Gilbert looks at more layoffs, service cuts - East Valley Tribune: East Valley Local News

Gilbert looks at more layoffs, service cuts

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Posted: Friday, May 1, 2009 12:37 pm | Updated: 2:35 am, Sat Oct 8, 2011.

More employee layoffs and the elimination of many recreational and library programs will be discussed Tuesday when the Gilbert Town Council meets and members vote on $12 million in proposed budget reductions.

The cuts include layoffs of about 15 full-time employees and the elimination of all special events, youth sports and teen and special needs programs.

The approximately 1,100 town workers not let go would be required to take 12 days off without pay during the upcoming fiscal year, according to a newsletter sent to employees by Town Manager George Pettit Thursday afternoon. The fiscal year begins July 1.

Parks, recreational programs and the Southeast Regional Library are particularly affected under the proposed cuts.

The elimination of the special events and teen programs, youth sports, special needs and outdoor recreational programs would affect thousands of residents. About 2,300 residents are currently enrolled in youth sports and teen programs, assistant town manager Tami Ryall said in an e-mail. There are 437 participants in activities geared toward residents with special needs, including Special Olympics, and around 400 in outdoor programs such as golf instruction and trail rides.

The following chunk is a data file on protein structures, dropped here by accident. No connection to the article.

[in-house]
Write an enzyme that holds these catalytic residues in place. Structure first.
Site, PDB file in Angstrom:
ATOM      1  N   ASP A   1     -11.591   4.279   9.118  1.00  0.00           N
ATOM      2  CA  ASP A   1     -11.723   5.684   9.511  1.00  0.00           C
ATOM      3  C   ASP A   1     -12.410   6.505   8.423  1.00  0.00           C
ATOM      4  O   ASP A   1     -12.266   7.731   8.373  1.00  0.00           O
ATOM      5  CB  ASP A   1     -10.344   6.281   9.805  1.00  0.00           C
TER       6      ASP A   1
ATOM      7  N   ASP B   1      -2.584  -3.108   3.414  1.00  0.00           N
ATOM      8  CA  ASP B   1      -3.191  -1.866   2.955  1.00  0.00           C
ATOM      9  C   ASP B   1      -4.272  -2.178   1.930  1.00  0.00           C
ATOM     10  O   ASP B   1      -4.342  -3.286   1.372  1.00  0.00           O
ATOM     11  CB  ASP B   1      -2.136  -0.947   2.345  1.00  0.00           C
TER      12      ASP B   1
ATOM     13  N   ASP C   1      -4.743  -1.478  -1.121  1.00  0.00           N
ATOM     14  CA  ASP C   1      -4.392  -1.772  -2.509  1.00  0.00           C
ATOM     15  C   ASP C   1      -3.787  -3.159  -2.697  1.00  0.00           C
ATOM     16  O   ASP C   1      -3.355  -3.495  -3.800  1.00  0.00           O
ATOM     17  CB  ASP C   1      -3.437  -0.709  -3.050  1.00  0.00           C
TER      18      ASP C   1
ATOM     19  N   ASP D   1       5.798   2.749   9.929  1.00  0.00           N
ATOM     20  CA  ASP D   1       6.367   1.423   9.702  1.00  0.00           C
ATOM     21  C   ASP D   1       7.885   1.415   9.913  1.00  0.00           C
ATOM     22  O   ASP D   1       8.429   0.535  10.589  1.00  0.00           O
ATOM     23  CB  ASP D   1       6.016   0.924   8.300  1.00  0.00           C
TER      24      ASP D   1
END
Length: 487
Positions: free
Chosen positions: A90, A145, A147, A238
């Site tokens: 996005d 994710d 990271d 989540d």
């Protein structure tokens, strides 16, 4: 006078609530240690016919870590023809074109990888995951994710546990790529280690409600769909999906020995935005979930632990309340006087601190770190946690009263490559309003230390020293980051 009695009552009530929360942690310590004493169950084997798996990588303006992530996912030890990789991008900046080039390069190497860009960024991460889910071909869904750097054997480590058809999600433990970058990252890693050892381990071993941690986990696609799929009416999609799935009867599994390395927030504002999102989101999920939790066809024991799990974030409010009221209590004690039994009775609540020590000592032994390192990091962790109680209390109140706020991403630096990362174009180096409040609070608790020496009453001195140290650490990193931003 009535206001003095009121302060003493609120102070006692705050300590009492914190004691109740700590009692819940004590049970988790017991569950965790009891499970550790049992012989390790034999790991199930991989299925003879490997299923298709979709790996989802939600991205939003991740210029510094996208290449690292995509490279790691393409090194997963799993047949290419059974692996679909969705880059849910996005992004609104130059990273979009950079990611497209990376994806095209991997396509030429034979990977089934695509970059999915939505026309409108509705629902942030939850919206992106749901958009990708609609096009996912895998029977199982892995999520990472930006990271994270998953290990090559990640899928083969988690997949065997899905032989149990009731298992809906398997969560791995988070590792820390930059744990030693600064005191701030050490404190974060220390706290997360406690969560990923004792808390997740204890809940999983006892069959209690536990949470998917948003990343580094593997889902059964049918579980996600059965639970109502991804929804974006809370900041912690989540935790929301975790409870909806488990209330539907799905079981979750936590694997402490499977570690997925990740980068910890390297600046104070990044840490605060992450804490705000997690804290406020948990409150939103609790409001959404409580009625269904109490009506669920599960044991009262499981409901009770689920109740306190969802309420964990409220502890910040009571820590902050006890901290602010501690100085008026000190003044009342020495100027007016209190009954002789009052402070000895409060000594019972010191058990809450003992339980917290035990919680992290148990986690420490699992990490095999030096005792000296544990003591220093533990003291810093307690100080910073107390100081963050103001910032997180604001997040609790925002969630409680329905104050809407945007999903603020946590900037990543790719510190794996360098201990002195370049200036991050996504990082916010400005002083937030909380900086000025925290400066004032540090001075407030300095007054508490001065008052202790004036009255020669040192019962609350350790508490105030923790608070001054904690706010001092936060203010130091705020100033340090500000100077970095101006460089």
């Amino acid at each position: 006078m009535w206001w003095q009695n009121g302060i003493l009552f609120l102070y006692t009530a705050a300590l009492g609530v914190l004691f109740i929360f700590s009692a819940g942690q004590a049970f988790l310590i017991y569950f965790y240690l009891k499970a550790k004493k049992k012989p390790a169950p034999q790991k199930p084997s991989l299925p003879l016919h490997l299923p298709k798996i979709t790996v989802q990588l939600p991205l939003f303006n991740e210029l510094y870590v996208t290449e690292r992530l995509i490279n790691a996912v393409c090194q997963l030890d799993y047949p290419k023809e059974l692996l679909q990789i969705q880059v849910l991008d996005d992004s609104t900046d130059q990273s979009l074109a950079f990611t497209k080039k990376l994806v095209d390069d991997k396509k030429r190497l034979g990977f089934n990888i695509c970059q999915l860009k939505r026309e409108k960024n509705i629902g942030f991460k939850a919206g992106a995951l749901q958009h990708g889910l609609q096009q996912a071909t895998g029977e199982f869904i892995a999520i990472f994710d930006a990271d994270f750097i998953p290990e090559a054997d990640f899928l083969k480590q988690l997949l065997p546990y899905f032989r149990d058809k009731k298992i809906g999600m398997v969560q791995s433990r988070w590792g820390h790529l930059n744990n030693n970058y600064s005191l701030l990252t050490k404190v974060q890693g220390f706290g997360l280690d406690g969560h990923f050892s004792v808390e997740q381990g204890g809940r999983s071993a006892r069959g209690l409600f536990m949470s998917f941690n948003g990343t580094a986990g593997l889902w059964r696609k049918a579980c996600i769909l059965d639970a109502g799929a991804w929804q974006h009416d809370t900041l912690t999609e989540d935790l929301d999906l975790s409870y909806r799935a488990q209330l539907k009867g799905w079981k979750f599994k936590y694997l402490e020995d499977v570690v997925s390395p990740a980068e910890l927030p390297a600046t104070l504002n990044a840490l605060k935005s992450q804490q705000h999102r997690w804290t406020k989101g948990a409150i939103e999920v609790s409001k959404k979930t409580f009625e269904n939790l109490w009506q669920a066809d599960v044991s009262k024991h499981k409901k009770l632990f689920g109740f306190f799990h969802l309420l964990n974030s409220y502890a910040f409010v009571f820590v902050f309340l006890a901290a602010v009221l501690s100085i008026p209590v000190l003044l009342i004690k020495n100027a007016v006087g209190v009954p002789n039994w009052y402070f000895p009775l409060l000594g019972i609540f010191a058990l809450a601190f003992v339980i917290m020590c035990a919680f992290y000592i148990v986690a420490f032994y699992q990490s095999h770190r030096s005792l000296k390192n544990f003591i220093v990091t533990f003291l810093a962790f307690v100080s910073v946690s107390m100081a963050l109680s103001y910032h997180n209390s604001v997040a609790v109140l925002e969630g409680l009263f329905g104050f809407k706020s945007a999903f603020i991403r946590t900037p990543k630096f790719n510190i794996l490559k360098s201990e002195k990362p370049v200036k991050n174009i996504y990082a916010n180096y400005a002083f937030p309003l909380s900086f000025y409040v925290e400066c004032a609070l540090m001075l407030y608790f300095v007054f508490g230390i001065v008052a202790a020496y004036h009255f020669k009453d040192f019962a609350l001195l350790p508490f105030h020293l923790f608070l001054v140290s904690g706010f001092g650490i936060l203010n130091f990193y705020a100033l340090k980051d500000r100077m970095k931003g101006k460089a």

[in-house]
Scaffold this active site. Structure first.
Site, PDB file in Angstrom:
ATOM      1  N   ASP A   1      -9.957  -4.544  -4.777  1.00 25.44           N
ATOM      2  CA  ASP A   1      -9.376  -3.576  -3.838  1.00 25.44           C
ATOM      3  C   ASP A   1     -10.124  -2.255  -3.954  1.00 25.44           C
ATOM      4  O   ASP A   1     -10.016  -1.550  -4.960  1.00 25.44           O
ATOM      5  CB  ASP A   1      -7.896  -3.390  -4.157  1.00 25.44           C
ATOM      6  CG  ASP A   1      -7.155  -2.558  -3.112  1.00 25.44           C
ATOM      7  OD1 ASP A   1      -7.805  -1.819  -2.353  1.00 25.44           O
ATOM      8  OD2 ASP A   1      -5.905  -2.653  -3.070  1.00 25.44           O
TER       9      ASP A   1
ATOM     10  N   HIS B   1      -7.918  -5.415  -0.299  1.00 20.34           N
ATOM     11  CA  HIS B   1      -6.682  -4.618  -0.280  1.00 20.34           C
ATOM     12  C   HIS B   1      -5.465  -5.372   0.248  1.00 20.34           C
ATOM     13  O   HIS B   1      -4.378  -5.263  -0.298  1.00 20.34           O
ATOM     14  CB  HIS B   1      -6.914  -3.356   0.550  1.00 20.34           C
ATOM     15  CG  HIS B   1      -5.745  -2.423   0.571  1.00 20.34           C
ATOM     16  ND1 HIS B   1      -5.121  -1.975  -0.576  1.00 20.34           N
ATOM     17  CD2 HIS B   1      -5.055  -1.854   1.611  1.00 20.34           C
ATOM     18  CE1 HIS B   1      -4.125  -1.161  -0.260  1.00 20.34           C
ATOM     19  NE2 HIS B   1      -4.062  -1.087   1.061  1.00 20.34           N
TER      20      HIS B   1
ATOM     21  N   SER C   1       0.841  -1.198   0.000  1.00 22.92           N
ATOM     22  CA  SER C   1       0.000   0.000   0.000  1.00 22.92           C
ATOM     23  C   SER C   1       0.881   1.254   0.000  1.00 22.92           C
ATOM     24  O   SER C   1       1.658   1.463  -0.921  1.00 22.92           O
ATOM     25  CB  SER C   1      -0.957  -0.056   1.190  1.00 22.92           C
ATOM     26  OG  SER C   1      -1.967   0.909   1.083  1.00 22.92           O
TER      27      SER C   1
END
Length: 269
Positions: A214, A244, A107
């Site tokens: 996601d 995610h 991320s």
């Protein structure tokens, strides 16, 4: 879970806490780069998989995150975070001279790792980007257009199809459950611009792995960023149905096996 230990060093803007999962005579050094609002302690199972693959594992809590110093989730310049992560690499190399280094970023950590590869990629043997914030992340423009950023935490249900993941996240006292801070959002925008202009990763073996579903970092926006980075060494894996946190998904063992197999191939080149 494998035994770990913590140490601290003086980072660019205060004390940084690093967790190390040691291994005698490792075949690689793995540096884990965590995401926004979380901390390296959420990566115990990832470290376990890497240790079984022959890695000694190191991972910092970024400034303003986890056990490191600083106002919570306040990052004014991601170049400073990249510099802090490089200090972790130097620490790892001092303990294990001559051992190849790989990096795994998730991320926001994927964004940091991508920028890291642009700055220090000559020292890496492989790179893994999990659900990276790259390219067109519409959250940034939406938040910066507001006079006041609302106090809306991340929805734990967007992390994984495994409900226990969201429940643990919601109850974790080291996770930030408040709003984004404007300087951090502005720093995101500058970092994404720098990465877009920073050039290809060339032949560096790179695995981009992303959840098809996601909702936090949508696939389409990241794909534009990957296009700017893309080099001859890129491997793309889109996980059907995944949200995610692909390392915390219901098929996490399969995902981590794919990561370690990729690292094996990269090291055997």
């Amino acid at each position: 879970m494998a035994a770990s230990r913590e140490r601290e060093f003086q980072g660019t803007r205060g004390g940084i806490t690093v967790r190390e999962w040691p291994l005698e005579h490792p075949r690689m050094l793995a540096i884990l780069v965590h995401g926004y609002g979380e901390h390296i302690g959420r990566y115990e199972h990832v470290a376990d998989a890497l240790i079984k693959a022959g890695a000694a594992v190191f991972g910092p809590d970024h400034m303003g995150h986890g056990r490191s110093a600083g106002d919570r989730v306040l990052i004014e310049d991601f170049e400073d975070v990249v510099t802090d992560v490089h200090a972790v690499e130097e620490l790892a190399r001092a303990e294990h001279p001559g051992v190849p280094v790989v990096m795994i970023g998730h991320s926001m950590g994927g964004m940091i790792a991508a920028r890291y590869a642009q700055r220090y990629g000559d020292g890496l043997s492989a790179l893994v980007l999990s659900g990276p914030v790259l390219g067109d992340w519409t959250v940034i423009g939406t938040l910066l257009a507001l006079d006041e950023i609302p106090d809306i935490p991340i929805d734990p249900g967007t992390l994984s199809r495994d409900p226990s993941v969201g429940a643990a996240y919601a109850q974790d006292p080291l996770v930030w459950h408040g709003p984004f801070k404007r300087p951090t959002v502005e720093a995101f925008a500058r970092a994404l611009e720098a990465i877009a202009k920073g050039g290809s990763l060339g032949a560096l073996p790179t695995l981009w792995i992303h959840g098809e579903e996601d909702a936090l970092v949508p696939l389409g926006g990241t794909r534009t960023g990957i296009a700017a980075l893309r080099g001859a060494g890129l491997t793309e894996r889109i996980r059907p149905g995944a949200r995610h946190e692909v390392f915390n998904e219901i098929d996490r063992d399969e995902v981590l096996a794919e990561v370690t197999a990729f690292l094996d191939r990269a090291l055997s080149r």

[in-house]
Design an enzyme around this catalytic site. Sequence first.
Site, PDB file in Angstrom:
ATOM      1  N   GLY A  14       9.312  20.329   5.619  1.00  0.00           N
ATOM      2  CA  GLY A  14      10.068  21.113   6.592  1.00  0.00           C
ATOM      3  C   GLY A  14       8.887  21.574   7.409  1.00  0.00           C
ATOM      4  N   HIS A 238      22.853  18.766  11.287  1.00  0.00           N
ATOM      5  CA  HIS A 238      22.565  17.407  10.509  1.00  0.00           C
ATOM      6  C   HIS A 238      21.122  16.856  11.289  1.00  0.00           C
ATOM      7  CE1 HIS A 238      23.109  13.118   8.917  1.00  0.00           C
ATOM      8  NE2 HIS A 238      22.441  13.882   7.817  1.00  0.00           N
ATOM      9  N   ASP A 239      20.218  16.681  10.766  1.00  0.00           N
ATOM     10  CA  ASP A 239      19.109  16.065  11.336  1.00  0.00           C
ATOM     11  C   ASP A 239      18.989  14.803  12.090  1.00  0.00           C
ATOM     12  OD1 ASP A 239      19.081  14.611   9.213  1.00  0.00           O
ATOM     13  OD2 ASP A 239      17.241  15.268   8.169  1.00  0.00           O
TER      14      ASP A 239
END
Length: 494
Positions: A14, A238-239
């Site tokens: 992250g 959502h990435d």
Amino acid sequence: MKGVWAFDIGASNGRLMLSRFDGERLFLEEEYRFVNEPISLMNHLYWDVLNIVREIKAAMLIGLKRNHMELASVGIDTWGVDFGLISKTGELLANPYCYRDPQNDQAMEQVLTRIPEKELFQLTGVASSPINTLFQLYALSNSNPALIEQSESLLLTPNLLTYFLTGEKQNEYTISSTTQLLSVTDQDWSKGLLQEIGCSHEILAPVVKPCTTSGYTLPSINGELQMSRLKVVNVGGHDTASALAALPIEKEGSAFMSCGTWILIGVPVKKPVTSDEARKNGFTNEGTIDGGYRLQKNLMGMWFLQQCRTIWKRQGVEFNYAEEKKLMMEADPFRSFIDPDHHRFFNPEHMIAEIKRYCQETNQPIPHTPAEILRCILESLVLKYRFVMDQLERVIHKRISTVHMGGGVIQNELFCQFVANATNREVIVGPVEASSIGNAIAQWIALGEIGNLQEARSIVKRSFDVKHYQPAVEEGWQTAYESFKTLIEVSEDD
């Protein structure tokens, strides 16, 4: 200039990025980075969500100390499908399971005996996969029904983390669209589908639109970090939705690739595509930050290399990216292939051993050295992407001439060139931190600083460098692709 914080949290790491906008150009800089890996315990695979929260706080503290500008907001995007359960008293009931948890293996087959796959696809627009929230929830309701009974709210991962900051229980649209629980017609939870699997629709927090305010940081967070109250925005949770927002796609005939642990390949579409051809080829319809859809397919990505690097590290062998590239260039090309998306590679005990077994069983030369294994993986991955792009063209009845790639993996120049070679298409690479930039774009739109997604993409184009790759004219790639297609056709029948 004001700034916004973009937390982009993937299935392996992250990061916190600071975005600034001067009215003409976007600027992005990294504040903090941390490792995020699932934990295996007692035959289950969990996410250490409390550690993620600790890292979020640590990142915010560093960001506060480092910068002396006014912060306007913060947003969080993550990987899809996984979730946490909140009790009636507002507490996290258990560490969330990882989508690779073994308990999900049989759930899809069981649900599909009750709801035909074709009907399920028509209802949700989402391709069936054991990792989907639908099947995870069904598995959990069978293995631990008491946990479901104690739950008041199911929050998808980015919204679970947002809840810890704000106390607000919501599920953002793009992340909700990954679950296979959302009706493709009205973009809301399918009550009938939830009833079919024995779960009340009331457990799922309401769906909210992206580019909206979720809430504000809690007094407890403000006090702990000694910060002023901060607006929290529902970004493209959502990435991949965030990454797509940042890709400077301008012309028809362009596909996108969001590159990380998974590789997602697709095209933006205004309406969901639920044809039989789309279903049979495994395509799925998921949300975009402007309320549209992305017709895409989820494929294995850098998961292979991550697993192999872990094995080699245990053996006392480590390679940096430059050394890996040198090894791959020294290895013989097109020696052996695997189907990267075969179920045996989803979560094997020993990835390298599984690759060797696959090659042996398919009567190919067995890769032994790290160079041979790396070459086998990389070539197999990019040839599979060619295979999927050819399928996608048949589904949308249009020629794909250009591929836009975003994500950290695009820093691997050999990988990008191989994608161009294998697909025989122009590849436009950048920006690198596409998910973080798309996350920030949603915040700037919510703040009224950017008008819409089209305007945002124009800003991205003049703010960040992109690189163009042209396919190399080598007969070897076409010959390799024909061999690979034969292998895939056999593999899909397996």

Some items that have recently been the subject of intense council discussion, including town-sponsored special events and the park rangers program, would be eliminated under the town staff proposal.

If that happens, the town would save $433,290 by not contributing to the cost of events like the Gilbert Days rodeo and parade and Fourth of July fireworks.

Mayor Steve Berman said of the proposed cuts, "none of them are good ideas," but most are necessary to balance the budget.

He said he would try to preserve the park ranger program, after the council voted in March to give the town's park rangers additional enforcement ability. He said he isn't as concerned about police officers being included in the furlough program.

"We don't have the kind of concentrations of people that tend to be crime clusters," he said.

Town Councilwoman Linda Abbott said Thursday afternoon she hadn't had a chance to review all of the budget recommendations, but was concerned with the effect of the proposed furloughs. "Our primary responsibility is the health, safety and welfare of our residents and that's not something I am willing to support," she said.

Pettit said the town is looking to hold its costs steady at the Southeast Regional Library, even though the operating agreement Gilbert has with the Maricopa County Library District requires the town's share of total operating costs to rise in the upcoming fiscal year. The move would require cutting $300,000 from the library's budget next year.

According to a town staff report concerning the proposed cuts, the lowered funding would mean cutting the equivalent of nine full-time staffers, nearly all youth programming aside from limited story times and school-age programming, along with all adult programs such as computer, job assistance and ESL classes, and teen-oriented activities including the library's Teen Council.